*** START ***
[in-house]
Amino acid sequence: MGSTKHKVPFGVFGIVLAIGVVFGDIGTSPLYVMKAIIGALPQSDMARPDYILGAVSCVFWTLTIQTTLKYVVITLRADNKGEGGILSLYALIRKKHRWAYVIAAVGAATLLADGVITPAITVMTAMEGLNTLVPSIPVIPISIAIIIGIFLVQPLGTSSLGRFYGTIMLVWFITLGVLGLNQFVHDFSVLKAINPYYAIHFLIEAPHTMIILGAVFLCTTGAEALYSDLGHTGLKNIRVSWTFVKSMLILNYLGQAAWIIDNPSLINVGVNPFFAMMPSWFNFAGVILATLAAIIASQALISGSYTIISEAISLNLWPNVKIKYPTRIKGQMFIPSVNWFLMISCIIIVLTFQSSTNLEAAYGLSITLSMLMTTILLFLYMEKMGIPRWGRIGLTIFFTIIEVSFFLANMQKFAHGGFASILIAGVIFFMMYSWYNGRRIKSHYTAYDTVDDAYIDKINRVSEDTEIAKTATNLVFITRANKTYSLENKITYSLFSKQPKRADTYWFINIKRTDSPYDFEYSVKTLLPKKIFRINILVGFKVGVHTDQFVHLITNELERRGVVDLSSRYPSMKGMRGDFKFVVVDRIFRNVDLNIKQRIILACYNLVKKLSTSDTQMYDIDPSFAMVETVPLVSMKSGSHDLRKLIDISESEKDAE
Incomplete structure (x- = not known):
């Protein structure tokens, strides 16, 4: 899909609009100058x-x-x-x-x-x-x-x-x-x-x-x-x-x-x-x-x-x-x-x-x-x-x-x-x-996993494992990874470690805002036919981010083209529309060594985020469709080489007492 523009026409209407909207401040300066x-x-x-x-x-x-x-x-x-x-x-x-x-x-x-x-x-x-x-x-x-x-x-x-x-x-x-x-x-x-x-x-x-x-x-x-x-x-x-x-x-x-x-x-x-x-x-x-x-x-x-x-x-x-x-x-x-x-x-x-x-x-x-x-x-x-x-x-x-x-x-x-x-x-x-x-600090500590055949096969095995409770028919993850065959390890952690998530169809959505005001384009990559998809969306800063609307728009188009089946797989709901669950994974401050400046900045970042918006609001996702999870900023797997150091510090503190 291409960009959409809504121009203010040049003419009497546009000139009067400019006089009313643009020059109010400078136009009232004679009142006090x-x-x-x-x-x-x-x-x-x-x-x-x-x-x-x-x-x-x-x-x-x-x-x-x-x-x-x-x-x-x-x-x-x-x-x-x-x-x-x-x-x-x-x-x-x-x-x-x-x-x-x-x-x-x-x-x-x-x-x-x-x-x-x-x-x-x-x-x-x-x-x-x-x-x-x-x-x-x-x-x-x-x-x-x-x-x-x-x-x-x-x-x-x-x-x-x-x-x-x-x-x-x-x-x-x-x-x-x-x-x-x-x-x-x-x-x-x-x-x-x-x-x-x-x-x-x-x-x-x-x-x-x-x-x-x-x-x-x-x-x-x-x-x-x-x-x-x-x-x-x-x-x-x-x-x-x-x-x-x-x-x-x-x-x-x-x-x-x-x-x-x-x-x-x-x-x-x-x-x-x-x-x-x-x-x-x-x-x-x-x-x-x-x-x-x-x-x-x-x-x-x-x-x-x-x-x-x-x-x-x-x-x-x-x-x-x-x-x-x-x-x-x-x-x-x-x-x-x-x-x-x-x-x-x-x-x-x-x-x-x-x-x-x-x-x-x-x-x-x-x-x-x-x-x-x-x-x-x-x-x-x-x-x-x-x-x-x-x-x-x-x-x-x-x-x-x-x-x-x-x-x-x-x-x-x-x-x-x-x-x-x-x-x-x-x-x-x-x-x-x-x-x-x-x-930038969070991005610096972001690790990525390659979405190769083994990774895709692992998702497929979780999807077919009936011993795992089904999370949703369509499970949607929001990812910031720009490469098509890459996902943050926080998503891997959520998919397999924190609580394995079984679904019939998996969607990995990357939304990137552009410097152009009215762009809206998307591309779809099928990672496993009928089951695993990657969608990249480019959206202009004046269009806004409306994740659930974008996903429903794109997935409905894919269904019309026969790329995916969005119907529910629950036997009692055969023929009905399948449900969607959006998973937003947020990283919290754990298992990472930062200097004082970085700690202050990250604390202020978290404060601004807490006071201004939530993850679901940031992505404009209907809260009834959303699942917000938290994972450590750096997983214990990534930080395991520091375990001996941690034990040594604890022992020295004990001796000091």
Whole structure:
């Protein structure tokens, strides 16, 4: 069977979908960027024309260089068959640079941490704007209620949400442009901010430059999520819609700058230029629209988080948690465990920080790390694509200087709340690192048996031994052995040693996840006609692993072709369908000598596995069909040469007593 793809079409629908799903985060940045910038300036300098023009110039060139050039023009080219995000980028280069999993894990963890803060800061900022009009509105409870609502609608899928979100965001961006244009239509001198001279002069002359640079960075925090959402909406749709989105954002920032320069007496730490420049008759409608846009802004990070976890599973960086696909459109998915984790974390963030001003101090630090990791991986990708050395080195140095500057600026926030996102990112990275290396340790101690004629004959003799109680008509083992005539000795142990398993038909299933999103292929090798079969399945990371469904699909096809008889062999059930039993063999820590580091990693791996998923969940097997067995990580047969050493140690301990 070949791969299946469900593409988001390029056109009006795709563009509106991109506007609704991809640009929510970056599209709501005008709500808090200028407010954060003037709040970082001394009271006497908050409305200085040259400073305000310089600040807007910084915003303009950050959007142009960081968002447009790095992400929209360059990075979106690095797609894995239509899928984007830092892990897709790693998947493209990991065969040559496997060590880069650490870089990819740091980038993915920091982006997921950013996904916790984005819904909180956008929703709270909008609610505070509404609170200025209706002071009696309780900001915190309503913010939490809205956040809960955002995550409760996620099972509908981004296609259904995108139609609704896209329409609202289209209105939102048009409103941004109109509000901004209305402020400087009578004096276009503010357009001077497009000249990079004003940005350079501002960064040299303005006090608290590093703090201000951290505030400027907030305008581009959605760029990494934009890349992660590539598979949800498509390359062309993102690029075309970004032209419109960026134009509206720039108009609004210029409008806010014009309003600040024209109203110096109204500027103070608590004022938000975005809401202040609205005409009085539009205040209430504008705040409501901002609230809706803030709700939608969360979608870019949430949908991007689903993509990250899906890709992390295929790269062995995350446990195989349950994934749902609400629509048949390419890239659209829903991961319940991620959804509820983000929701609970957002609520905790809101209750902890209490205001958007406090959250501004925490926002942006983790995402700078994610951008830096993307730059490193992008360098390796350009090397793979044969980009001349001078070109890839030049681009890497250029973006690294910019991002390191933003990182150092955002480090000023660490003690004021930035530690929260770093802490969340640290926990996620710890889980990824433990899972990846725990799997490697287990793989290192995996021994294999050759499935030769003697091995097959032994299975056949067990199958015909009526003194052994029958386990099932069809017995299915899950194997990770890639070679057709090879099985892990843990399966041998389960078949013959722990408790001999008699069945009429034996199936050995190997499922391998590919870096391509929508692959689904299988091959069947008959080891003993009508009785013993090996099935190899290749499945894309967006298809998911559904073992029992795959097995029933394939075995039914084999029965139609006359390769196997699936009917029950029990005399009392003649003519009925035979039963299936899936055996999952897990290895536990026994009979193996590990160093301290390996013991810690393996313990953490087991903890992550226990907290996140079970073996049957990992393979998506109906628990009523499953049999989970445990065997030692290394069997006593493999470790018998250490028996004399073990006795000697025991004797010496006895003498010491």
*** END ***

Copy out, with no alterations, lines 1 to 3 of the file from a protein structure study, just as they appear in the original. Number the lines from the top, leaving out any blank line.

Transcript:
[in-house]
Amino acid sequence: MGSTKHKVPFGVFGIVLAIGVVFGDIGTSPLYVMKAIIGALPQSDMARPDYILGAVSCVFWTLTIQTTLKYVVITLRADNKGEGGILSLYALIRKKHRWAYVIAAVGAATLLADGVITPAITVMTAMEGLNTLVPSIPVIPISIAIIIGIFLVQPLGTSSLGRFYGTIMLVWFITLGVLGLNQFVHDFSVLKAINPYYAIHFLIEAPHTMIILGAVFLCTTGAEALYSDLGHTGLKNIRVSWTFVKSMLILNYLGQAAWIIDNPSLINVGVNPFFAMMPSWFNFAGVILATLAAIIASQALISGSYTIISEAISLNLWPNVKIKYPTRIKGQMFIPSVNWFLMISCIIIVLTFQSSTNLEAAYGLSITLSMLMTTILLFLYMEKMGIPRWGRIGLTIFFTIIEVSFFLANMQKFAHGGFASILIAGVIFFMMYSWYNGRRIKSHYTAYDTVDDAYIDKINRVSEDTEIAKTATNLVFITRANKTYSLENKITYSLFSKQPKRADTYWFINIKRTDSPYDFEYSVKTLLPKKIFRINILVGFKVGVHTDQFVHLITNELERRGVVDLSSRYPSMKGMRGDFKFVVVDRIFRNVDLNIKQRIILACYNLVKKLSTSDTQMYDIDPSFAMVETVPLVSMKSGSHDLRKLIDISESEKDAE
Incomplete structure (x- = not known):